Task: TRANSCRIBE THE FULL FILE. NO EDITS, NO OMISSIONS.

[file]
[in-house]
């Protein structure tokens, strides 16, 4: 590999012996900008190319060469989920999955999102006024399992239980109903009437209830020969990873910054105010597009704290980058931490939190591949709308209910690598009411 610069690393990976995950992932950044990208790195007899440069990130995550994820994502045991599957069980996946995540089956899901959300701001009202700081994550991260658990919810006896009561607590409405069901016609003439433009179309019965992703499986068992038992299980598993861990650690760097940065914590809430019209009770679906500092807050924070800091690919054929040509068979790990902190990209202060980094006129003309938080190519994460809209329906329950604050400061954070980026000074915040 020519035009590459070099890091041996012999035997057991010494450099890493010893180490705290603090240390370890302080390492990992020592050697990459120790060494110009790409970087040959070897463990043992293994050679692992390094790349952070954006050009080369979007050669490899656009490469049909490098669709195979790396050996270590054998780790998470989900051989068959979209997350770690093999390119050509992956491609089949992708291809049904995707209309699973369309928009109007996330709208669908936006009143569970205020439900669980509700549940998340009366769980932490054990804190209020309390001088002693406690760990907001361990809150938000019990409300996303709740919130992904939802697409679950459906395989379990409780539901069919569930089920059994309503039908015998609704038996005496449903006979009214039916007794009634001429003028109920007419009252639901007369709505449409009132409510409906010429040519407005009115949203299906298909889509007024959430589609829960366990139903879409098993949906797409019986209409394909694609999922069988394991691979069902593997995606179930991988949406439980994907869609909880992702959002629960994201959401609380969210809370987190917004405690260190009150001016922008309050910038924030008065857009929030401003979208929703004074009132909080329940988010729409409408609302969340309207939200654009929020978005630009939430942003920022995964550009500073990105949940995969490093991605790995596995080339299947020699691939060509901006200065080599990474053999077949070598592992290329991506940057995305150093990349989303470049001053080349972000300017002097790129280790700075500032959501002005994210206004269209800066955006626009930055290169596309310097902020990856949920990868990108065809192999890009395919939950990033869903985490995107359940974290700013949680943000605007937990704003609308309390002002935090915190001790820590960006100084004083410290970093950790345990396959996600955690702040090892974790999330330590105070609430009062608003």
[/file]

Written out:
[in-house]
């Protein structure tokens, strides 16, 4: 590999012996900008190319060469989920999955999102006024399992239980109903009437209830020969990873910054105010597009704290980058931490939190591949709308209910690598009411 610069690393990976995950992932950044990208790195007899440069990130995550994820994502045991599957069980996946995540089956899901959300701001009202700081994550991260658990919810006896009561607590409405069901016609003439433009179309019965992703499986068992038992299980598993861990650690760097940065914590809430019209009770679906500092807050924070800091690919054929040509068979790990902190990209202060980094006129003309938080190519994460809209329906329950604050400061954070980026000074915040 020519035009590459070099890091041996012999035997057991010494450099890493010893180490705290603090240390370890302080390492990992020592050697990459120790060494110009790409970087040959070897463990043992293994050679692992390094790349952070954006050009080369979007050669490899656009490469049909490098669709195979790396050996270590054998780790998470989900051989068959979209997350770690093999390119050509992956491609089949992708291809049904995707209309699973369309928009109007996330709208669908936006009143569970205020439900669980509700549940998340009366769980932490054990804190209020309390001088002693406690760990907001361990809150938000019990409300996303709740919130992904939802697409679950459906395989379990409780539901069919569930089920059994309503039908015998609704038996005496449903006979009214039916007794009634001429003028109920007419009252639901007369709505449409009132409510409906010429040519407005009115949203299906298909889509007024959430589609829960366990139903879409098993949906797409019986209409394909694609999922069988394991691979069902593997995606179930991988949406439980994907869609909880992702959002629960994201959401609380969210809370987190917004405690260190009150001016922008309050910038924030008065857009929030401003979208929703004074009132909080329940988010729409409408609302969340309207939200654009929020978005630009939430942003920022995964550009500073990105949940995969490093991605790995596995080339299947020699691939060509901006200065080599990474053999077949070598592992290329991506940057995305150093990349989303470049001053080349972000300017002097790129280790700075500032959501002005994210206004269209800066955006626009930055290169596309310097902020990856949920990868990108065809192999890009395919939950990033869903985490995107359940974290700013949680943000605007937990704003609308309390002002935090915190001790820590960006100084004083410290970093950790345990396959996600955690702040090892974790999330330590105070609430009062608003």